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Biological gray scale for digital imagery

[+] Author Affiliations
Robert Carter

Office of Naval Research, 875 N. Randolph Street, Arlington, Virginia 22217-5660

J. Electron. Imaging. 14(2), 023004 (May 12, 2005). doi:10.1117/1.1900135
History: Received Mar. 20, 2001; Revised Dec. 11, 2002; Revised Jun. 15, 2004; Accepted Oct. 1, 2004; May 12, 2005; Online May 12, 2005
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Biological evolution has adapted human vision to terrestrial light contrasts. Earthly scenes have a typical bimodal contrast histogram, with a reflection mode and a shadow mode. Consequently, human sensitivity to gray-scale differences also is bimodal. Luminance differences are most discriminable at the modal intensities of the terrestrial contrast distribution so that vision conveys maximum information about the world. By inverting this biologic, an image can be computationally adapted to the human visual system. Using Paul Whittle’s model of gray-scale sensitivity as a basis, distinct pixel intensities in image data are mapped to optimally discriminable displayed luminances. Since this approach is scene dependent and display dependent, the optimum gray scale must be recomputed for each displayed image, background luminance and display environment. © 2005 SPIE and IS&T.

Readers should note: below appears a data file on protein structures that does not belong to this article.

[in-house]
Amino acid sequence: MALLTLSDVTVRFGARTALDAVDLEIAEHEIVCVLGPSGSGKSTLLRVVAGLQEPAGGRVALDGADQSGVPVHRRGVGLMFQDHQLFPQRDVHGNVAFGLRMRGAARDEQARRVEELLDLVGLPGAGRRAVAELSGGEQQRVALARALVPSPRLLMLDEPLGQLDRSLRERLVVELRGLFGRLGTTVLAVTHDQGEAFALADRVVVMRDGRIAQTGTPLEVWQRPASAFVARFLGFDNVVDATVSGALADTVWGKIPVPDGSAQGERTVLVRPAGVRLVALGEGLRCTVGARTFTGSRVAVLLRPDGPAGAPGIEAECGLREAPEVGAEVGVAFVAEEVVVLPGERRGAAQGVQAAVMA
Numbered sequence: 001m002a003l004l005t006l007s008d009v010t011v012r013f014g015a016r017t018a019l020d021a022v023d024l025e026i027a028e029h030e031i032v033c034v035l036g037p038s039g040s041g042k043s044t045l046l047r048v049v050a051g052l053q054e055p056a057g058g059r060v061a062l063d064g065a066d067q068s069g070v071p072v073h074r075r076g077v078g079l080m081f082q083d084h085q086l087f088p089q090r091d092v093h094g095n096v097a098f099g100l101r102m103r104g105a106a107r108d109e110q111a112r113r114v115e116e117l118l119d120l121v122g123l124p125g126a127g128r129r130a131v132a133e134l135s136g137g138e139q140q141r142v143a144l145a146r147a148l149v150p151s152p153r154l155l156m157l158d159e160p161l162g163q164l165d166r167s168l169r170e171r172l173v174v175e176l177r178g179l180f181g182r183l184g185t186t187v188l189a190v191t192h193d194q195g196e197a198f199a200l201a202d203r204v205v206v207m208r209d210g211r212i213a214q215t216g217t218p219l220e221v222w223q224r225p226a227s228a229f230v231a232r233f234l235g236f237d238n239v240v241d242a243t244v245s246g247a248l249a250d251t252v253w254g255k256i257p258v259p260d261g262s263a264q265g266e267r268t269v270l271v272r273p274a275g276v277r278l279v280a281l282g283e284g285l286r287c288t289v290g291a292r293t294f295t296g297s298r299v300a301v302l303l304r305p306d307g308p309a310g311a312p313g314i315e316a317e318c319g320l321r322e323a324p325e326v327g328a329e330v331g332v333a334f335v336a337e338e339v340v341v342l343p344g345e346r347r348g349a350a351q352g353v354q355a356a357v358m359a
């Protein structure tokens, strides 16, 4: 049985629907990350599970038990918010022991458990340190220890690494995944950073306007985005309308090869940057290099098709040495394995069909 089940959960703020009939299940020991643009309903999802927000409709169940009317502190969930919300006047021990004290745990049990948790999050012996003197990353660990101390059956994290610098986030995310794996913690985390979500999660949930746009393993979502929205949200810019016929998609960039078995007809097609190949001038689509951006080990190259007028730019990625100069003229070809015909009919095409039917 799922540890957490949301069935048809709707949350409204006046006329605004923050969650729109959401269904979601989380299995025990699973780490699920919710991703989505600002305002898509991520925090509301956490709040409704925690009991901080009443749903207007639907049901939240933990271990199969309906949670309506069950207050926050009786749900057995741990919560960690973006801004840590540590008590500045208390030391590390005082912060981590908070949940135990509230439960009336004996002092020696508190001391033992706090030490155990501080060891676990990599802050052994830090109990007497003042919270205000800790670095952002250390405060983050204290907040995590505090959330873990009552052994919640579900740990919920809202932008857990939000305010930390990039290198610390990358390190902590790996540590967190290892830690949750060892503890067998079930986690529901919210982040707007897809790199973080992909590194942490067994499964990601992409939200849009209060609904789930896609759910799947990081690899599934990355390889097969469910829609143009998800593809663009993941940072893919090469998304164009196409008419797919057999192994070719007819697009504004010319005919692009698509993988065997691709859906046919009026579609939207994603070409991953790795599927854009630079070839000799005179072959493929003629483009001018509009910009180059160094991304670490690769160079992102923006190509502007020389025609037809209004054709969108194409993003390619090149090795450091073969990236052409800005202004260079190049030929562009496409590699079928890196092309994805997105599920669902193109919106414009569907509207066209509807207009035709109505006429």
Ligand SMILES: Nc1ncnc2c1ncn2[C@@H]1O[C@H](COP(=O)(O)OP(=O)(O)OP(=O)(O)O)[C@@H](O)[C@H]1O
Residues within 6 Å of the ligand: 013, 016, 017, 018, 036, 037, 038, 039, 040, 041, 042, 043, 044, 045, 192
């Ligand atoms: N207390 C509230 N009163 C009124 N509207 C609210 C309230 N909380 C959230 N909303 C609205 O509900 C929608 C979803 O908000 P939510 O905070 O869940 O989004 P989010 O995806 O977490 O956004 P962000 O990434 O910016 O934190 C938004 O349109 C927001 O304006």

© 2005 SPIE and IS&T

Citation

Robert Carter
"Biological gray scale for digital imagery", J. Electron. Imaging. 14(2), 023004 (May 12, 2005). ; http://dx.doi.org/10.1117/1.1900135


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